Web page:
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SWA wins key passing-off victory for Scotch in India

Published:  25 February, 2016

The Scottish Whisky Association has won a key victory in the fight against passing off in India.

India's commercial court granted the SWA permanent injunctions against three related companies behind the manufacture and marketing of the Royal Arms, Blue Patrol and Malbros brands of whiskies.

All three brands referenced 'Scotch', 'Scotch Whisky' or 'Scotland' on their labels.

The companies involved were Oasis Distilleries, Adie Broswon Distillers & Bottlers, and Malbros International.

They have also been prohibited from using any words, names, images or devices evocative of Scotland or Scotch whisky in future, unless the product can be verified as genuine Scotch whisky.

This was the first action taken by the SWA as a result of its Spirit Drinks Verification Scheme, which was launched in January 2014 to reassure consumers worldwide about the provenance and authenticity of any Scottish whisky they buy.

The scheme verifies every link in the Scotch supply chain, and also requires any bottlers outside Scotland who want to use Scotch Whisky as a constituent in a local spirit to apply for verification too.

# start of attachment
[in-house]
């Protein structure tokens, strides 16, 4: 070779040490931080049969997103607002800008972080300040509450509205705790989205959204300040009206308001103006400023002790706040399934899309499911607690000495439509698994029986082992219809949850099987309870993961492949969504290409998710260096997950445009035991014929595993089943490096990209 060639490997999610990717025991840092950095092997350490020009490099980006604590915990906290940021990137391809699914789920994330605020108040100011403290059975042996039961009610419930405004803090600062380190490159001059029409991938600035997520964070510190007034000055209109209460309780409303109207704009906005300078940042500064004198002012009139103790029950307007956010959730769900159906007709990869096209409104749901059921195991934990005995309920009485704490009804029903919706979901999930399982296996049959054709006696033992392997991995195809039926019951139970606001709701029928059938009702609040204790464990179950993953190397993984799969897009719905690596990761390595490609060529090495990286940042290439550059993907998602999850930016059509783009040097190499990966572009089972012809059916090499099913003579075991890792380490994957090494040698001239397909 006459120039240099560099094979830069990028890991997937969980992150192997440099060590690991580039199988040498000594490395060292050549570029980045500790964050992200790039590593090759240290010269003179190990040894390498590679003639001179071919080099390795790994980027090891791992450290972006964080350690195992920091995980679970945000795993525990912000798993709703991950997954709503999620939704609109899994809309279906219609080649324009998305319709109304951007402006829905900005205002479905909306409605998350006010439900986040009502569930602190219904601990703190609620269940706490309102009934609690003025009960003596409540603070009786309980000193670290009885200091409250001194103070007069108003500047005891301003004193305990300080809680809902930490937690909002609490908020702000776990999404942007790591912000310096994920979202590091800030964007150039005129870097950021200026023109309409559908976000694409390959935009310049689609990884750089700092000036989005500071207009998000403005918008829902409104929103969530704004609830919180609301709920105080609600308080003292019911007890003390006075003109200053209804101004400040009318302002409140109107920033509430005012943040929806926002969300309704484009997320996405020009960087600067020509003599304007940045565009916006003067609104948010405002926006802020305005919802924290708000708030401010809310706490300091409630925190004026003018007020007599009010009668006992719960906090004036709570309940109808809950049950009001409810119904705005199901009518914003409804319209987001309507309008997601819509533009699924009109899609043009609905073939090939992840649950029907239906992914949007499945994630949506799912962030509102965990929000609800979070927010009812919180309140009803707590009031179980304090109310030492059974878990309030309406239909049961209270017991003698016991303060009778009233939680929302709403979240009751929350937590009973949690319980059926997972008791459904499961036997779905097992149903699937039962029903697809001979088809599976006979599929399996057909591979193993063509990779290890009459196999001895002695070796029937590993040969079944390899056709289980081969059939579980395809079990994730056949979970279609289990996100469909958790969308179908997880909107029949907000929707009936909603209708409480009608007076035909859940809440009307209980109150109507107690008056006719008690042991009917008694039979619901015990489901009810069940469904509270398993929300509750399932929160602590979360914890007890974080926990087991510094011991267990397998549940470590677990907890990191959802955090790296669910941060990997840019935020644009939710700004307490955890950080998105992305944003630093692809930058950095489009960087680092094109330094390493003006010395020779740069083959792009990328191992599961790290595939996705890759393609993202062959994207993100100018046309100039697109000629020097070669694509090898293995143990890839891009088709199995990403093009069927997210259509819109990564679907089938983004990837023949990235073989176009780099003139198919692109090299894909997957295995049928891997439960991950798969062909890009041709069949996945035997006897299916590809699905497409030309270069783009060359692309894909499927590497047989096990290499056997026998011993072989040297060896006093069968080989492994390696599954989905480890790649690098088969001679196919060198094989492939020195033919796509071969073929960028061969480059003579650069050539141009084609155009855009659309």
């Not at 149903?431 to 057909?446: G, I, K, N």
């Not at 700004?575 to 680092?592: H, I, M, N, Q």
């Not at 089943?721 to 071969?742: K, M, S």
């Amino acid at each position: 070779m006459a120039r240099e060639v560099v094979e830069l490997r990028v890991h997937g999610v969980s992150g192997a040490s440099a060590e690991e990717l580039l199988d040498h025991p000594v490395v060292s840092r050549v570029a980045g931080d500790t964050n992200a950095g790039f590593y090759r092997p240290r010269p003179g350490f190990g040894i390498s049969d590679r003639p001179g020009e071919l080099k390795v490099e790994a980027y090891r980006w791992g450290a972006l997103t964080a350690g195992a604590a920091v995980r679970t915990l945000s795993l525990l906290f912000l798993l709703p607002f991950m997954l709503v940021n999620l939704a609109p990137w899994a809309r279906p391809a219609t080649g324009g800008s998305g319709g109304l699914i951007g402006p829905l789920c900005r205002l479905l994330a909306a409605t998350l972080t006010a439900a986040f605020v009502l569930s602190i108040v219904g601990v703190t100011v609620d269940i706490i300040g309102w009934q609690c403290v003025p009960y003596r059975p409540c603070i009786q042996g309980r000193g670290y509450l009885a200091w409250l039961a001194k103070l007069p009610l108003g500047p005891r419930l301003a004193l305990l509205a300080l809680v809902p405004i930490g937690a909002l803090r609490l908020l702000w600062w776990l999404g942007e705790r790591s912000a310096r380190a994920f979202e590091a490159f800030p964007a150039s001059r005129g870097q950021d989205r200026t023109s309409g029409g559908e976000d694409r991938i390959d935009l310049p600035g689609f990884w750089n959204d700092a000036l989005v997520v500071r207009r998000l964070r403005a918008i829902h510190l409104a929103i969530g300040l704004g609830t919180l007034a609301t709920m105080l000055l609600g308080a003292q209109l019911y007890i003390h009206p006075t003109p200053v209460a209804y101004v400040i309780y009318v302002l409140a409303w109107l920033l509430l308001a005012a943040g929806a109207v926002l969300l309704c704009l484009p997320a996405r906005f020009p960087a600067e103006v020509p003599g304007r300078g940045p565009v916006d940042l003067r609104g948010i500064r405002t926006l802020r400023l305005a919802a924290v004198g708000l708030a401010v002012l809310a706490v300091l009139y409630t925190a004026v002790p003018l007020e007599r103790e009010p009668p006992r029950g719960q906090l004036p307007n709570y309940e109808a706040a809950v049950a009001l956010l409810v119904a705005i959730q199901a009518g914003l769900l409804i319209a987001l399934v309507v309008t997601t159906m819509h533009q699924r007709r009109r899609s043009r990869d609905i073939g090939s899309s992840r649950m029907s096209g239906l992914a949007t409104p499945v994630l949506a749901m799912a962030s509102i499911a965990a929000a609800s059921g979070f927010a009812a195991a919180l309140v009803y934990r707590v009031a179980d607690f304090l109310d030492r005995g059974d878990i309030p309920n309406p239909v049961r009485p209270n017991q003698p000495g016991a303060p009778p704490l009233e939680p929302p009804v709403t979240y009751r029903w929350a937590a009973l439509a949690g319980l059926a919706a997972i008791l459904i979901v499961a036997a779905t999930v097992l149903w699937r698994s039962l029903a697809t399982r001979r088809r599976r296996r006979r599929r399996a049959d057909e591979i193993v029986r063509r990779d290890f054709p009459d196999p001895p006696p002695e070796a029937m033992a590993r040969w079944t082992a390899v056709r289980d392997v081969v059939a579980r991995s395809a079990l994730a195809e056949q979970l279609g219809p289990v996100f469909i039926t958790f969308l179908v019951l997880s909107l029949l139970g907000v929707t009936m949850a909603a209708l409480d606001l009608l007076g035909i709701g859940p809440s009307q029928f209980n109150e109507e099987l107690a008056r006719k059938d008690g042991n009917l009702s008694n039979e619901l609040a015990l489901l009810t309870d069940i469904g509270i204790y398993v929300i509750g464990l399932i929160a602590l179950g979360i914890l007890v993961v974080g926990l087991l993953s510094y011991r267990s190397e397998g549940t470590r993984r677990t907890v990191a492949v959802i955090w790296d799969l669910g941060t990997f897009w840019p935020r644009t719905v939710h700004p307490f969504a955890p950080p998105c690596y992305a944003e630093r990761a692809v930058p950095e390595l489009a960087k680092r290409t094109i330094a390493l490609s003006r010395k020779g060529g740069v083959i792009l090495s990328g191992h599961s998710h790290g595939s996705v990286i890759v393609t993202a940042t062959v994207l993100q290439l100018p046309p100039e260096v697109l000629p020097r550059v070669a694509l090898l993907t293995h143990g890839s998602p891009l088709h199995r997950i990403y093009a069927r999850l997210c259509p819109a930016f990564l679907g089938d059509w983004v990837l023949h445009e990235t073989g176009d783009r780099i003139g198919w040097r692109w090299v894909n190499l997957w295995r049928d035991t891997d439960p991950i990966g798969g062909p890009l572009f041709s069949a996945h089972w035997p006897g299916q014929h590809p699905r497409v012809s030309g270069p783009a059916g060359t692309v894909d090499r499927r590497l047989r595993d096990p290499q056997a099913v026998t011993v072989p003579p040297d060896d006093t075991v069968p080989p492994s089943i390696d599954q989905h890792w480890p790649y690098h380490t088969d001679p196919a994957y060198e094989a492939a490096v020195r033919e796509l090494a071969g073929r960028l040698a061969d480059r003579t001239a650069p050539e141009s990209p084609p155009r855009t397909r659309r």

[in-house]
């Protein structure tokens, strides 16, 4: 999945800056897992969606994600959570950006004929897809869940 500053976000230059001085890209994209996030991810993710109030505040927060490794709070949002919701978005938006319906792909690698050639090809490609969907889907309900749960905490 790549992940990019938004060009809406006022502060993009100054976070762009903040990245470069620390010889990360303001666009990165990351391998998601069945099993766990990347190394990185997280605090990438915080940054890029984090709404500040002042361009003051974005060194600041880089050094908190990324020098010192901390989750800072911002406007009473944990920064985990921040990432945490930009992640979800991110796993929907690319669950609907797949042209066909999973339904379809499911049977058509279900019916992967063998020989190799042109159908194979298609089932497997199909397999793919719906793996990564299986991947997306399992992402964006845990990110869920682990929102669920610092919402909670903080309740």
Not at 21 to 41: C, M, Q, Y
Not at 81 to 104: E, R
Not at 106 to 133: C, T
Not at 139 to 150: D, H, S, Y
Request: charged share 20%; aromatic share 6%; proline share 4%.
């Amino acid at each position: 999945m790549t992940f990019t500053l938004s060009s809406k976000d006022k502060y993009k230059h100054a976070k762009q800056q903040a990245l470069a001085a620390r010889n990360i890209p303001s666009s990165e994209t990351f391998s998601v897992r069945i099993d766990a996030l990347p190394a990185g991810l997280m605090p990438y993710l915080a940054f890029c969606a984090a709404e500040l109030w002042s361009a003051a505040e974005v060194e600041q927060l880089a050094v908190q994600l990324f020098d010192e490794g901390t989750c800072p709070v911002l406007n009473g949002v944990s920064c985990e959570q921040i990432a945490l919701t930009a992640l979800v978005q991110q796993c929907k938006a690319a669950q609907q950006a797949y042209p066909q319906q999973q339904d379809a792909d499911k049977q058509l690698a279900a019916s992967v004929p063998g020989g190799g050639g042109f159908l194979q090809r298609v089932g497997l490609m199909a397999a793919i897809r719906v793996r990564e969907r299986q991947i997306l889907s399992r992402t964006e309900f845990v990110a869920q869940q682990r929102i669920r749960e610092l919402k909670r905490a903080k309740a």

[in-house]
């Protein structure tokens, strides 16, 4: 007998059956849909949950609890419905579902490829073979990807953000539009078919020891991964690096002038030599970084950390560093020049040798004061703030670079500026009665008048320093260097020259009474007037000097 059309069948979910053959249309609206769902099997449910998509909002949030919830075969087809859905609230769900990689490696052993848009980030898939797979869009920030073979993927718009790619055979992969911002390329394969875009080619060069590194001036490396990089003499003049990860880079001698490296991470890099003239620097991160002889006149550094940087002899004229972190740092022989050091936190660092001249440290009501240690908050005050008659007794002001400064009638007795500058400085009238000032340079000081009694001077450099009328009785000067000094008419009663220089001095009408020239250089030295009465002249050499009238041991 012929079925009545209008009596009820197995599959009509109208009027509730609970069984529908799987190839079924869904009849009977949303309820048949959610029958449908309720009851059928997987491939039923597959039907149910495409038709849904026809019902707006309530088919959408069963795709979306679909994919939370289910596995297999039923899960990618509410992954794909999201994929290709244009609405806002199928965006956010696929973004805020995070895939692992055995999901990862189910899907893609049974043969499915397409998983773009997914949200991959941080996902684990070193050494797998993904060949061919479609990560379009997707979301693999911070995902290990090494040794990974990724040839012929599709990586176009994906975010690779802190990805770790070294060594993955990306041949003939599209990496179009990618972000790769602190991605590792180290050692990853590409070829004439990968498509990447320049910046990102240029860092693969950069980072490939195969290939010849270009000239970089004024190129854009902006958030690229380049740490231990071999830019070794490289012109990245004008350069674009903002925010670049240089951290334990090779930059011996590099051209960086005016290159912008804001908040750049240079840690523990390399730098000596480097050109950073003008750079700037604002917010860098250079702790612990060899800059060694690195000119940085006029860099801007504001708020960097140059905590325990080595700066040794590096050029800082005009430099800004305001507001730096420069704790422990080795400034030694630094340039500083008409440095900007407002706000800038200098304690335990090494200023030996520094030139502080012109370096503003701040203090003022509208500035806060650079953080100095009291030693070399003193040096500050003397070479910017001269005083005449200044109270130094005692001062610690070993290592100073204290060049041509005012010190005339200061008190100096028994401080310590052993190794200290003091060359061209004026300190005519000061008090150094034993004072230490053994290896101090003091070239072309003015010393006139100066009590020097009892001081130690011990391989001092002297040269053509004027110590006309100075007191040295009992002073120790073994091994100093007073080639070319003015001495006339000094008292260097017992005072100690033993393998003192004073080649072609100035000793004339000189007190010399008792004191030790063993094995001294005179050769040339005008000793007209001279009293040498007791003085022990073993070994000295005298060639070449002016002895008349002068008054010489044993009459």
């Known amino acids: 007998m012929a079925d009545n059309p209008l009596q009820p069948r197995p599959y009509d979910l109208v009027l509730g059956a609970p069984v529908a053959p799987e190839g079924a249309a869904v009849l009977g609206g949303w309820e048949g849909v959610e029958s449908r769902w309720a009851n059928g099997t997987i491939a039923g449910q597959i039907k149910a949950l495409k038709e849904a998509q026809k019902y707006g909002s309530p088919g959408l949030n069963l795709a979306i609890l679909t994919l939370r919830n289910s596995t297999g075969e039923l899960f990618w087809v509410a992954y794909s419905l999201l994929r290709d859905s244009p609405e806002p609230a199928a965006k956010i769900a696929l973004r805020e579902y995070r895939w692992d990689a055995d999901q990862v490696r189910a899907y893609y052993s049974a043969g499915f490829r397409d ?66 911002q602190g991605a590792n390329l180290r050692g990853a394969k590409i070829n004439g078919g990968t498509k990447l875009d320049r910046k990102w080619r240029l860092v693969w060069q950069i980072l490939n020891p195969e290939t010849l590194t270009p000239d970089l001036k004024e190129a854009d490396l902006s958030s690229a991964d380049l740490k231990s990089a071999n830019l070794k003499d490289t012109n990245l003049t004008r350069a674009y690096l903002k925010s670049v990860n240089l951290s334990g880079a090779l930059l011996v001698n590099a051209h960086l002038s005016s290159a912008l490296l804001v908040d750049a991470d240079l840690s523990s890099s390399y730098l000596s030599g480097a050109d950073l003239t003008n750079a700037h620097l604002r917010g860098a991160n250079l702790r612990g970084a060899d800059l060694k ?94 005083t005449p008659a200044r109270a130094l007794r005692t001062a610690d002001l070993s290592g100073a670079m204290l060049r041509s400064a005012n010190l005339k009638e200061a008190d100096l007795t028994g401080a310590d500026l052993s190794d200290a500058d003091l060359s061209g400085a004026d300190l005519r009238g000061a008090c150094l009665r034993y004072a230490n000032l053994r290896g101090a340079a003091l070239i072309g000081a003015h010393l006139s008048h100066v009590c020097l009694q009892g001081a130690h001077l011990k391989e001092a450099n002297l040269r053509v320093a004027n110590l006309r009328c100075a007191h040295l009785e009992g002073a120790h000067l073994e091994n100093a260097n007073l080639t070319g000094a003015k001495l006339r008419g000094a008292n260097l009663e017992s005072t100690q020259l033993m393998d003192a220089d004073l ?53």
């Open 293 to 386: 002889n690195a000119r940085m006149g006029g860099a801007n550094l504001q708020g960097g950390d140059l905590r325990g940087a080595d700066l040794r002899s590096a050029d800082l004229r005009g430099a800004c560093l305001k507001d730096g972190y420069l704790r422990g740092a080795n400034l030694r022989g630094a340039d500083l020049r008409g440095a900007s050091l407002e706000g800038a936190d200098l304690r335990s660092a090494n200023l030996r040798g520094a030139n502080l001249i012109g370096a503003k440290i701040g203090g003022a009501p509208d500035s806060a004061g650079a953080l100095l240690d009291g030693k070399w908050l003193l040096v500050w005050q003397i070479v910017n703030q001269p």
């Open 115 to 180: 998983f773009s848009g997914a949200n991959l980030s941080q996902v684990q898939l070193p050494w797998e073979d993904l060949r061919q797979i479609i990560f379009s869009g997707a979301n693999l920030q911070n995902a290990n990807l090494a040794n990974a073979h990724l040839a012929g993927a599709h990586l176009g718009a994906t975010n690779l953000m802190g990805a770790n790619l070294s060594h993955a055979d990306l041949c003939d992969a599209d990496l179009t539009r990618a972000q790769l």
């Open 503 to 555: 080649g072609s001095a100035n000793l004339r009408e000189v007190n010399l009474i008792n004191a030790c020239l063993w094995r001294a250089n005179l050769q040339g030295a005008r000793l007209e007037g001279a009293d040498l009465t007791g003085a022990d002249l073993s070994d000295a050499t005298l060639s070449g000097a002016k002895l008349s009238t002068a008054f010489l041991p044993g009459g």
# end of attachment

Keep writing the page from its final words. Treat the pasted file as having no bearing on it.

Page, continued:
The absence of verification on the products in question meant that they infringed the SWA's registration of 'Scotch Whisky' in India as a geographical indication, the court ruled.

India sells 290m cases of spirits a year, making it the second largest market for spirits in the world. China is the world's largest market, consuming 620 million cases.

However, Scotch only makes up less than 1% of India's total spirits consumption.

The SWA believes that the current 150% import tariff on spirits in India is distorting competition in the marketplace and hindering the growth of Scotch sales.

Four out of the five fastest-growing spirits brands in the world are Indian whiskies, and there are seven in the top 25.

Whisky is the only spirit in growth in the Indian market. It grew by 4% in 2014. Gin, by contrast, slumped by 12.4%.

By the end of the decade, India it is expected to have an economy the size of Germany and Japan combined.

Its spirits market remains remains undeveloped, however.

There are only 65,000 licensed spirits retailers in India, or one retailer for every 18,000 people, which is 76 times lower than the global average.